RSPB's statement to Farmers Guardian highlights further conservation failures at Lake Vyrnwy
The RSPB are upset by the suggestion that their stewardship of the vast estate at Lake Vyrnwy in mid-Wales may be less than perfect and that, far from being an exemplar of how to run a grouse moor to enhance its wildlife, and especially its upland birds, it has been, and continues to be, an expensive flop.
They made a statement to the Farmers Guardian in relation to their successful Heritage Lottery Fund bid for £3.3 million which resulted in the following quote:
“Lake Vyrnwy is a complex, landscape-scale estate, with an array of stake holders involved in its management. The charity said it was working to improve the condition of the area by restoring thousands of hectares of blanket bog and upland heath, removing non-native conifers, re-instating active heather management, creating wildflower meadows and restoring ffridd habitat.”
“Lake Vyrnwy is a complex, landscape-scale estate with an array of stake holders involved in it's management”. Good heavens! Who would have imagined such a thing? It must be the only example of this sort of amazing situation. Well, no. What is touted as a huge problem and an excuse for the parlous state of affairs at Vyrnwy, is in fact the norm for many large estates. Precisely these circumstances are repeated all over the uplands and do not prevent active grouse moors having healthy populations of upland birds.
The RSPB is, “Re-instating active heather management”. That's good to hear. We should all be grateful that they have just taken control and can save the moorland from the previous managers neglect. Well, no. The RSPB has been in charge for decades. It has to be asked who stopped the active heather management in the first place. We couldn't possibly guess. The only clue we can find is in a statement by the RSPB made in 1983 when they were definitely in charge, “Because of the regime of burning and despite grazing the moorland, there is still a healthy population of red grouse and large numbers of breeding curlew and whinchats. Less common are golden plover, hen harrier, merlin and stonechat”.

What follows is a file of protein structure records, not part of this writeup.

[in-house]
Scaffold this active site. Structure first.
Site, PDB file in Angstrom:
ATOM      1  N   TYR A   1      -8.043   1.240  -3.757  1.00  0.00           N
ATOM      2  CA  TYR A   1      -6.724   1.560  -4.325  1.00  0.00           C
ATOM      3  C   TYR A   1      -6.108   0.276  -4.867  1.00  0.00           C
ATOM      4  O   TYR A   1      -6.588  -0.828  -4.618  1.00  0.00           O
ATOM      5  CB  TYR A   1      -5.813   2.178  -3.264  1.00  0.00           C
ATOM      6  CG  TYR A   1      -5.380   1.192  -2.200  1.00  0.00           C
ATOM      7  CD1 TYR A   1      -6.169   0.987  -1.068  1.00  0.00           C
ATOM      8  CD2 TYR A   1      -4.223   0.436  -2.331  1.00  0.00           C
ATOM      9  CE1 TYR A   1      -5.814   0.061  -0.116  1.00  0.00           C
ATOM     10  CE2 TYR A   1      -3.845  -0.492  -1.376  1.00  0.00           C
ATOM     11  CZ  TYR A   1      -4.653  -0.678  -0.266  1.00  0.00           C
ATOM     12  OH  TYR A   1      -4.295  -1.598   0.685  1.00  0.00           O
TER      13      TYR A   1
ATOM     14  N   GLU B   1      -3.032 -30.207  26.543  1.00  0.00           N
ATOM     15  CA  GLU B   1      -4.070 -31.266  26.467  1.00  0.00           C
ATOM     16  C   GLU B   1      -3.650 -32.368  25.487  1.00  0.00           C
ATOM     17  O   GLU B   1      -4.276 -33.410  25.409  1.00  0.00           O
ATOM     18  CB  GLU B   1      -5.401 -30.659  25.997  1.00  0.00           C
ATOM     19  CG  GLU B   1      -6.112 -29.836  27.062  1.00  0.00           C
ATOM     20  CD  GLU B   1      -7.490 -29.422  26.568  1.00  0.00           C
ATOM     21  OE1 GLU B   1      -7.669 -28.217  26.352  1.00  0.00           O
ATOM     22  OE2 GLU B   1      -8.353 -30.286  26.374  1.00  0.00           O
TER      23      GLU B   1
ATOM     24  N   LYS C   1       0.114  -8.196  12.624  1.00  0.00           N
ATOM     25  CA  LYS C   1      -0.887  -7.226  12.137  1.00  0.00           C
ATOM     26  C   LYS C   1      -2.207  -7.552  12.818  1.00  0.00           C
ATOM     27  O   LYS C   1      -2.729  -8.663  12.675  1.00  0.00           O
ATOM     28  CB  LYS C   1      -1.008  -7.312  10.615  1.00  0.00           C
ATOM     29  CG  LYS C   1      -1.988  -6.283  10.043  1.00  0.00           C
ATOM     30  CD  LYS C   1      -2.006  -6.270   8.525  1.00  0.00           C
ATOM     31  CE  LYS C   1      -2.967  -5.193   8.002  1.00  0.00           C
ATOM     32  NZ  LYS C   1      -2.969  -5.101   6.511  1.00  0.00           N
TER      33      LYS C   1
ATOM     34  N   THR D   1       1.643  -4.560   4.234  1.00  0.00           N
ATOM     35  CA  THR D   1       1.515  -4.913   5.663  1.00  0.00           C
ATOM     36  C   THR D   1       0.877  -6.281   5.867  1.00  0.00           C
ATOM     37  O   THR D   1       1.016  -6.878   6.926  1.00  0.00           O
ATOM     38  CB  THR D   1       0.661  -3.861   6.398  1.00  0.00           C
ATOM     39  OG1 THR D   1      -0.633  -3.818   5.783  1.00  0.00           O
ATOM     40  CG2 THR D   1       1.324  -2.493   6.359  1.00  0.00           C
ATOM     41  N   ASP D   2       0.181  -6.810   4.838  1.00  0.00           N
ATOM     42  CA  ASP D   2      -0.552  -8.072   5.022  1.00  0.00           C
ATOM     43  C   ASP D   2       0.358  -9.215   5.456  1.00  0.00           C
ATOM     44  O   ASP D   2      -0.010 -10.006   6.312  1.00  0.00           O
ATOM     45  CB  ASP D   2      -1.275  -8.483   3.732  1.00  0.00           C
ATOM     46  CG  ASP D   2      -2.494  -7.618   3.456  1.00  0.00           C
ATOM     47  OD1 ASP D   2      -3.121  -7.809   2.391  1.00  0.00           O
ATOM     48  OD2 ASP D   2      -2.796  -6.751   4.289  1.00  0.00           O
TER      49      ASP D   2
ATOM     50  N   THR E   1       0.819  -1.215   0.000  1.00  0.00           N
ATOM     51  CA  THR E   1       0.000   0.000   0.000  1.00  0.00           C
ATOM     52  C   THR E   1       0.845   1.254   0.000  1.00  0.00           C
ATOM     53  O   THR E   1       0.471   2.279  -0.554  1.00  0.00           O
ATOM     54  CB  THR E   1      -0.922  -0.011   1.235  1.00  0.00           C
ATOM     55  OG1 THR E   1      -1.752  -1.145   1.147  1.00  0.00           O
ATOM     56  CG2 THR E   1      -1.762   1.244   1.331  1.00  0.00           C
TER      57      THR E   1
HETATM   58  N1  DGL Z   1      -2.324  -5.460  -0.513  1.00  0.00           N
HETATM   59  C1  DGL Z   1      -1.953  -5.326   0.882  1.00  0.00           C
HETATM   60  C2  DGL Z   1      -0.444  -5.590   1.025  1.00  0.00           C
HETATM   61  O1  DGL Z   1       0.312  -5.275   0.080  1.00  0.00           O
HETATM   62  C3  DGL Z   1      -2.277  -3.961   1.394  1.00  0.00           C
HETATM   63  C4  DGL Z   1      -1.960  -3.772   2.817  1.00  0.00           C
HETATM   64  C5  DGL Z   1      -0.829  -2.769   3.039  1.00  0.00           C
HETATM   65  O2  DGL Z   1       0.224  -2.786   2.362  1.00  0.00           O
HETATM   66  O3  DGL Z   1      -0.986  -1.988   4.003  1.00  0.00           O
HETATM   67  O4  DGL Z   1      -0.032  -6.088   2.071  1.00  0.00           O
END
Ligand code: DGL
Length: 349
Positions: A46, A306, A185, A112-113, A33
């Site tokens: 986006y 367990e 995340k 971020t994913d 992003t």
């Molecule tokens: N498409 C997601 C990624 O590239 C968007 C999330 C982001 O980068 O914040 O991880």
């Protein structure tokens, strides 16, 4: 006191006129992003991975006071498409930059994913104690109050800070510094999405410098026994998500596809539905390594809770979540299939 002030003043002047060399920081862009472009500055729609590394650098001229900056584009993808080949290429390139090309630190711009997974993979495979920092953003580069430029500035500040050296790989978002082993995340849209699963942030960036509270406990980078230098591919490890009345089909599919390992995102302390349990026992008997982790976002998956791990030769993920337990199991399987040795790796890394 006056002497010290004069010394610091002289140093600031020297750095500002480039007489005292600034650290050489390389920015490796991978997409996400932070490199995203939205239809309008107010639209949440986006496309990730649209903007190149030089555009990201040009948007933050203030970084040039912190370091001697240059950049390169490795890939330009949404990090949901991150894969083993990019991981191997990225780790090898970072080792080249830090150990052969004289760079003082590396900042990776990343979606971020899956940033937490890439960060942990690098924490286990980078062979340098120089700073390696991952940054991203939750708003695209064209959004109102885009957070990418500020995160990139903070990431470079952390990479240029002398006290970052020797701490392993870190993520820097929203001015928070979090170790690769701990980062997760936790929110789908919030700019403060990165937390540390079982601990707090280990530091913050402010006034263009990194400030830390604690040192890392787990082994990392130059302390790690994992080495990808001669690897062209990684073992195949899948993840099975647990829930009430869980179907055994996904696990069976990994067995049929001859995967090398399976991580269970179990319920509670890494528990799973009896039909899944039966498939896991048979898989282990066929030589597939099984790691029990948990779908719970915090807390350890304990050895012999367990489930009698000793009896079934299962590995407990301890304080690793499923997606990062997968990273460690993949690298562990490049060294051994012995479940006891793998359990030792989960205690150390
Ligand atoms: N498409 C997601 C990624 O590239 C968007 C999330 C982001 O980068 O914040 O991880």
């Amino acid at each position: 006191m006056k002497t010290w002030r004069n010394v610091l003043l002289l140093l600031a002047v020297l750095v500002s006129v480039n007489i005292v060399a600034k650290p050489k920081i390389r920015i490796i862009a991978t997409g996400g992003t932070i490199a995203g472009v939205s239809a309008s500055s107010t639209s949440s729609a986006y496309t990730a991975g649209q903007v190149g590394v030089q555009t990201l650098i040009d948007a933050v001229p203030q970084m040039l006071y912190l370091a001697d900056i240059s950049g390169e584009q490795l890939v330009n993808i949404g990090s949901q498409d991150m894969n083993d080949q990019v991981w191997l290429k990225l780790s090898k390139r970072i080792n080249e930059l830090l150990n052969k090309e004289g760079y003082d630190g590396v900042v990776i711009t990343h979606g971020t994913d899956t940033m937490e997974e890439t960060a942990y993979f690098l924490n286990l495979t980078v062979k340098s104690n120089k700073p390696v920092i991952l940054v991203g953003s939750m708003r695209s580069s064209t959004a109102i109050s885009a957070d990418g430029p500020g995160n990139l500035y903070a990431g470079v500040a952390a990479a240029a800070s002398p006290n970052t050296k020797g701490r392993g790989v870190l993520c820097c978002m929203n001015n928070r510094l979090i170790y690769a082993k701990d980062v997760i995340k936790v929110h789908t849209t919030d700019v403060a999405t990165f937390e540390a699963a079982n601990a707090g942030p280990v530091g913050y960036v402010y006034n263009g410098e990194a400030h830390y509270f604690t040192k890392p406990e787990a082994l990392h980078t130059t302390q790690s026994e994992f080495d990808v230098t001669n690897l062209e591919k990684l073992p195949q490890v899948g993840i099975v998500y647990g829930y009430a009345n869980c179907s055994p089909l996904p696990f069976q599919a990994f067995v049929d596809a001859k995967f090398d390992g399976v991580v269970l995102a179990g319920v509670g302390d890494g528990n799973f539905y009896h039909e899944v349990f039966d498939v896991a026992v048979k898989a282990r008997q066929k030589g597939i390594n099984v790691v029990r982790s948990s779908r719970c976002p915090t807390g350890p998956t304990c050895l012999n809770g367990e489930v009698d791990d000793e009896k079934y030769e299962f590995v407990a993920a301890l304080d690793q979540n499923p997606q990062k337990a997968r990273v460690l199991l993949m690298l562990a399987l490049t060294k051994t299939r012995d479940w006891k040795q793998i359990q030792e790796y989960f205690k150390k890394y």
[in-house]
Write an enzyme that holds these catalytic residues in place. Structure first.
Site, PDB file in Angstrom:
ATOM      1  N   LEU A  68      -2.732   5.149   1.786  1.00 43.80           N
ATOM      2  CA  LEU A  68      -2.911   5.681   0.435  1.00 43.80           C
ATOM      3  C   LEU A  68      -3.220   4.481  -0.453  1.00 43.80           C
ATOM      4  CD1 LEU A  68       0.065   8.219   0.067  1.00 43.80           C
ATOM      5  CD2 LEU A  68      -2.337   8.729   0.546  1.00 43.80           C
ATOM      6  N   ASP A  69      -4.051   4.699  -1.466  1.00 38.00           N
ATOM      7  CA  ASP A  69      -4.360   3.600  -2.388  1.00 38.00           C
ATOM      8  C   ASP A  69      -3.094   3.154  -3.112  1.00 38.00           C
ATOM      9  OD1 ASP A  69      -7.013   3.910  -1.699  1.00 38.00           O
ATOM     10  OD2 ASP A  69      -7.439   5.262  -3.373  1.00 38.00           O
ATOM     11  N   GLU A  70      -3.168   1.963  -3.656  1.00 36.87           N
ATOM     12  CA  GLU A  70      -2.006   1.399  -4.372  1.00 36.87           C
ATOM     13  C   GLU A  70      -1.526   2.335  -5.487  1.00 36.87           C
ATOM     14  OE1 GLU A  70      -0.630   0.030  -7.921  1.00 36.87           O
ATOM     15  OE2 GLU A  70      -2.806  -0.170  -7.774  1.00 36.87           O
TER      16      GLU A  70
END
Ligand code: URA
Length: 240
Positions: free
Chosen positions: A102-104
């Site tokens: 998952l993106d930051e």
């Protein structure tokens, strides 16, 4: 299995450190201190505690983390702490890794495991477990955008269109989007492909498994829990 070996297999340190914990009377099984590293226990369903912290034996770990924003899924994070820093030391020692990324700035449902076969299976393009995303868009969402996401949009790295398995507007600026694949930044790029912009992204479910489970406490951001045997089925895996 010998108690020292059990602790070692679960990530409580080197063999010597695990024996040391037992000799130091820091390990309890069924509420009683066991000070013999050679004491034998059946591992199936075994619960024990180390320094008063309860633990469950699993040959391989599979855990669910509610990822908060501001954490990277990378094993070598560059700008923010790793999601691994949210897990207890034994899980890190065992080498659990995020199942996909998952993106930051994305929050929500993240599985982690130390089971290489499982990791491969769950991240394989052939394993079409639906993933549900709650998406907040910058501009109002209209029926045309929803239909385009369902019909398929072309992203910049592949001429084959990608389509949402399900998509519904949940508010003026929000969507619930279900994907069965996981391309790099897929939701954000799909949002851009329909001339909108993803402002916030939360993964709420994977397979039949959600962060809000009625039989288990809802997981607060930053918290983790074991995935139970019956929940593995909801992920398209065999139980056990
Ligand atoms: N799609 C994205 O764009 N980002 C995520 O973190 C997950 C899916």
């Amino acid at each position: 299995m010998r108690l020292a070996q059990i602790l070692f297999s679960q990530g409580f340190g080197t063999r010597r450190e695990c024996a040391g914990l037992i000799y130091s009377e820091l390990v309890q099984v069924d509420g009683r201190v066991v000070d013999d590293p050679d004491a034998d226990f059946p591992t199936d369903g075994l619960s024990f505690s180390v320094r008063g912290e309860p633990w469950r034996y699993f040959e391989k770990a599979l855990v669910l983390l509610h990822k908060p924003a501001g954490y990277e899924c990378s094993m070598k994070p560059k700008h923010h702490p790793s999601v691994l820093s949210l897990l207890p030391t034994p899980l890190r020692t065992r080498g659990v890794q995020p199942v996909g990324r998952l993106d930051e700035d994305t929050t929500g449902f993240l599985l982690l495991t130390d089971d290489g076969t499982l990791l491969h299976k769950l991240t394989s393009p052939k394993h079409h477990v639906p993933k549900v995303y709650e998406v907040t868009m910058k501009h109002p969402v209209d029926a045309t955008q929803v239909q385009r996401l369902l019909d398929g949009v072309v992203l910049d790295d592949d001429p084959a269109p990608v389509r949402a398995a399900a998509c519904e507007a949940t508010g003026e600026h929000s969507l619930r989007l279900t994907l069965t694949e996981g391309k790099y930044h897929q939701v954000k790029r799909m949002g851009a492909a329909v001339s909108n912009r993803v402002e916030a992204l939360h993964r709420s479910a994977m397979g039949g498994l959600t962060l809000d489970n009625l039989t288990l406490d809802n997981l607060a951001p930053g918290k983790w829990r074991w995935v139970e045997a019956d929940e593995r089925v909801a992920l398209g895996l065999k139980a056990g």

That was thirty seven years ago. Thirty seven years during which at some point someone stopped active heather management. It is also thirty seven years during which RSPB has been in charge. Obviously, it would be unreasonable to assume that they stopped the management, which has now resulted in the parlous state of affairs described in their application for £3.3 million from the Heritage Lottery Fund (HLF). Obviously it could have been someone else. We couldn't possibly comment.
Just so we all remember the scale of the problem the bid for the £3.3 million (which they hope and expect will be match funded to the tune of over £6 million) made it clear that the reserves habitat, and the birds it supports, were on their last legs.